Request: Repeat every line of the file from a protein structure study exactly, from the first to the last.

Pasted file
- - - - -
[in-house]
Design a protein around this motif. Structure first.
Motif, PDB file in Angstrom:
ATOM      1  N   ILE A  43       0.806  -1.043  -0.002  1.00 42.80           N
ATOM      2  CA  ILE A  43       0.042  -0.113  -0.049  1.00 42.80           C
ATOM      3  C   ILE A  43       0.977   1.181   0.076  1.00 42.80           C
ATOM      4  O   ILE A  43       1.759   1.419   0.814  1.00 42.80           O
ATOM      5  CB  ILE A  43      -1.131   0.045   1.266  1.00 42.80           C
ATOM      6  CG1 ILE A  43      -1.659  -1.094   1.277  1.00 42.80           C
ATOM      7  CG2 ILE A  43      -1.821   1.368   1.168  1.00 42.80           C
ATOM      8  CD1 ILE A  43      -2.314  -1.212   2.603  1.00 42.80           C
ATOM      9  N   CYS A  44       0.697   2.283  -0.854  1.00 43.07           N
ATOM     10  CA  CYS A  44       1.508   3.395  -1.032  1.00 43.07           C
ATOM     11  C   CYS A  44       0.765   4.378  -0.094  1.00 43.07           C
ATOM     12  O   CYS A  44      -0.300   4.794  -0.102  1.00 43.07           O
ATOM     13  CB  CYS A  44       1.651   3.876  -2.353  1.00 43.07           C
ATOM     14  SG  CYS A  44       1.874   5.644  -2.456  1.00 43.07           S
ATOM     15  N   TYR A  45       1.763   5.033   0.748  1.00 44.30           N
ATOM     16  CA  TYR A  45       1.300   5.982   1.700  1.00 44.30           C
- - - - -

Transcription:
[in-house]
Design a protein around this motif. Structure first.
Motif, PDB file in Angstrom:
ATOM      1  N   ILE A  43       0.806  -1.043  -0.002  1.00 42.80           N
ATOM      2  CA  ILE A  43       0.042  -0.113  -0.049  1.00 42.80           C
ATOM      3  C   ILE A  43       0.977   1.181   0.076  1.00 42.80           C
ATOM      4  O   ILE A  43       1.759   1.419   0.814  1.00 42.80           O
ATOM      5  CB  ILE A  43      -1.131   0.045   1.266  1.00 42.80           C
ATOM      6  CG1 ILE A  43      -1.659  -1.094   1.277  1.00 42.80           C
ATOM      7  CG2 ILE A  43      -1.821   1.368   1.168  1.00 42.80           C
ATOM      8  CD1 ILE A  43      -2.314  -1.212   2.603  1.00 42.80           C
ATOM      9  N   CYS A  44       0.697   2.283  -0.854  1.00 43.07           N
ATOM     10  CA  CYS A  44       1.508   3.395  -1.032  1.00 43.07           C
ATOM     11  C   CYS A  44       0.765   4.378  -0.094  1.00 43.07           C
ATOM     12  O   CYS A  44      -0.300   4.794  -0.102  1.00 43.07           O
ATOM     13  CB  CYS A  44       1.651   3.876  -2.353  1.00 43.07           C
ATOM     14  SG  CYS A  44       1.874   5.644  -2.456  1.00 43.07           S
ATOM     15  N   TYR A  45       1.763   5.033   0.748  1.00 44.30           N
ATOM     16  CA  TYR A  45       1.300   5.982   1.700  1.00 44.30           C